In 2017, when I was in Nepal working for Build Change, I had a conversation with one of my colleagues about the volunteer work that I had done for the organization over the years. After telling him that I had worked with seven different country programs for Build Change, he asked me which of those countries I liked the best. My first thought was that it was like asking a parent which child he or she liked the best; even if I did have a favorite, I didn’t want to say it out loud for fear of offending my colleagues and friends in all the other countries. I said this to him to deflect the conversation and we went on to discuss other topics. Truth be told, while I enjoyed the culture and hospitality of all my Build Change host countries and believe in the value of the work I’ve done for them , I have a special soft spot for two of them: Indonesia and Nepal.
How can a “Back-to-Business” plan help communities and business owners recover after a damaging event? In this guest blog post, David Cocke, S.E., explores the history of “B2B” programs and how they help expedite the inspection process so owners can get back to normal faster.
Business leaders have a lot to think about nowadays. With the current pandemic crisis, we have to consider health (ourselves, our families and our staff), liabilities, cash flow, workload, client retention and the pipeline for future work. Knock on wood that we don’t have to deal with any kind of natural disaster on top of this current situation, but more on that topic later…
With the growing danger of natural disasters, the race is on to expand access to programs that safeguard lives from the human-made danger of poorly built housing. With the common mission of building safer, stronger structures, Build Change and Simpson Strong-Tie have partnered for the Simpson Strong-Tie® Fellowship for Engineering Excellence program. This year’s fellow is Build Change Engineering & Design Services Director Tim Hart, SE. As with our previous fellows, Hart is documenting his journey with the program on the Simpson Strong-Tie Structural Engineering blog.
When I agreed to travel for Build Change to the Philippines and Indonesia in March, some of my friends and colleagues told me I was brave. Others told me I was crazy. One asked me whether I was afraid that I would not be able to get home. At the time, I felt it was safe to go since there were only a few cases reported in the Philippines, Indonesia and the United States. Even so, I waited until the last minute before I told my mother of the trip, knowing that she would be worried and would try to talk me out of going.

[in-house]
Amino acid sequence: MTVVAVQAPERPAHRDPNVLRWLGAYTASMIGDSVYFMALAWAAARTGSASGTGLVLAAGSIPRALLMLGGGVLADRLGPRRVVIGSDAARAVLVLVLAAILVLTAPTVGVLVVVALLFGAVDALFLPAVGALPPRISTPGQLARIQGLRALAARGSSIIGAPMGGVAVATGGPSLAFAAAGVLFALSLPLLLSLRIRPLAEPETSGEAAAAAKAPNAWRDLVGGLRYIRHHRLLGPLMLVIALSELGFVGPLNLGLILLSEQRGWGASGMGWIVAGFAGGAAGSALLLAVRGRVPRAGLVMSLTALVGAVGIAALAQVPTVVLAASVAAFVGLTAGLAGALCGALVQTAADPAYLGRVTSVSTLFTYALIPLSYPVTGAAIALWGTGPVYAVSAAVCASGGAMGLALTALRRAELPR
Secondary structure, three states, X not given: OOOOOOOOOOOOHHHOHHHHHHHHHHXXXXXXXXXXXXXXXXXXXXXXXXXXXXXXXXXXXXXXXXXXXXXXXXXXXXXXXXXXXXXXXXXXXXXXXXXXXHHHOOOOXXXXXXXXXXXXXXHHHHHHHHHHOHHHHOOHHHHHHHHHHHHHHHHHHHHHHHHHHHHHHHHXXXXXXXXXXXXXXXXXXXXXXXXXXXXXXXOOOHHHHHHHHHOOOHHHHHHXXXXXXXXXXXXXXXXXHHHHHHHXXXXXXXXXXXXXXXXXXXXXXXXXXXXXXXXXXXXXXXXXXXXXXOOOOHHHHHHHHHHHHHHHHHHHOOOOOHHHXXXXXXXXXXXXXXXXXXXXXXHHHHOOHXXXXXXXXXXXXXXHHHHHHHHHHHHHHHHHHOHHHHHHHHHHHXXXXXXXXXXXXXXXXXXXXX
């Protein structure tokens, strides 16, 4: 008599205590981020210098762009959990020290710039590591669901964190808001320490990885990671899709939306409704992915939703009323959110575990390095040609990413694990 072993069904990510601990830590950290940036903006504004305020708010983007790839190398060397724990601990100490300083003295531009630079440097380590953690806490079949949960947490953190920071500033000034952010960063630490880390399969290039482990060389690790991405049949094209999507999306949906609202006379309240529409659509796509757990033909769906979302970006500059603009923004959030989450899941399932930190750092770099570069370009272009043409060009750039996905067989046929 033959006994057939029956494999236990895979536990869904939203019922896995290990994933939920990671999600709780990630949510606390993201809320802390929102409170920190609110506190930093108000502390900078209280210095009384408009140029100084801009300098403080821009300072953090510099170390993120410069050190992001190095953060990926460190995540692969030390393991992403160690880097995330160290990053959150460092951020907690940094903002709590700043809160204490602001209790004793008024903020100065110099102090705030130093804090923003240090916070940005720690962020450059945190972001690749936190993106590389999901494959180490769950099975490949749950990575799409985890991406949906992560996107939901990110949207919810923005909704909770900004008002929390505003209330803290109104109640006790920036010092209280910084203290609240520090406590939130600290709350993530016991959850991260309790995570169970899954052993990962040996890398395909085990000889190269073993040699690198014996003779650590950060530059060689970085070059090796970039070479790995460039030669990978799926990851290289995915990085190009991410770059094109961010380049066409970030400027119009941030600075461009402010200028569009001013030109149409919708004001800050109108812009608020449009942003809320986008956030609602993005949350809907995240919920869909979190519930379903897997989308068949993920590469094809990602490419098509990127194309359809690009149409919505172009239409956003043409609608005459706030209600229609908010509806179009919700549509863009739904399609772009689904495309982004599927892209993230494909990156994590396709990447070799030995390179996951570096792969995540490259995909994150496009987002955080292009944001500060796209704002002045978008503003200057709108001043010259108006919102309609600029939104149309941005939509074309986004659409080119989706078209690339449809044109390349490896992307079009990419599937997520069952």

A Shinto shrine in the Japanese coastal town of Minamisanriku has been the center of its community for centuries. In 1960, a tsunami generated by the great Chilean M9.5 earthquake swept into the ocean bay and damaged the shrine. The priest’s house situated at a higher elevation than the shrine had been spared any damage. The community came together and not only repaired the shrine but moved it up the hill, 50 feet above its previous location, to protect it from future events.
Before starting my fellowship, a year seemed like a very long time to be away from my day-to-day life, my clients, and my comfort zone. I started with many questions about how I could support the Build Change team to make the biggest possible impact with this fellowship. Once I started, however, I found more than a great team; I found a family. I would like to start this blog by praising the support of every member of the teams that I worked with, including the Build Change headquarters staff, as well as the staffs of the programs in Colombia and the Philippines.
In 2009, Simpson Strong-Tie participated in an unprecedented research event to highlight the importance of earthquake-resistant wood construction.
The event, the world’s largest earthquake test, was a collaborative Network for Earthquake Engineering Simulation project. It teamed academics, engineers, and industry researchers from around the world to subject a structure to what engineers refer to as the “maximum considered event” (MCE), a large, rare earthquake projected to occur, on average, approximately every 2500 years.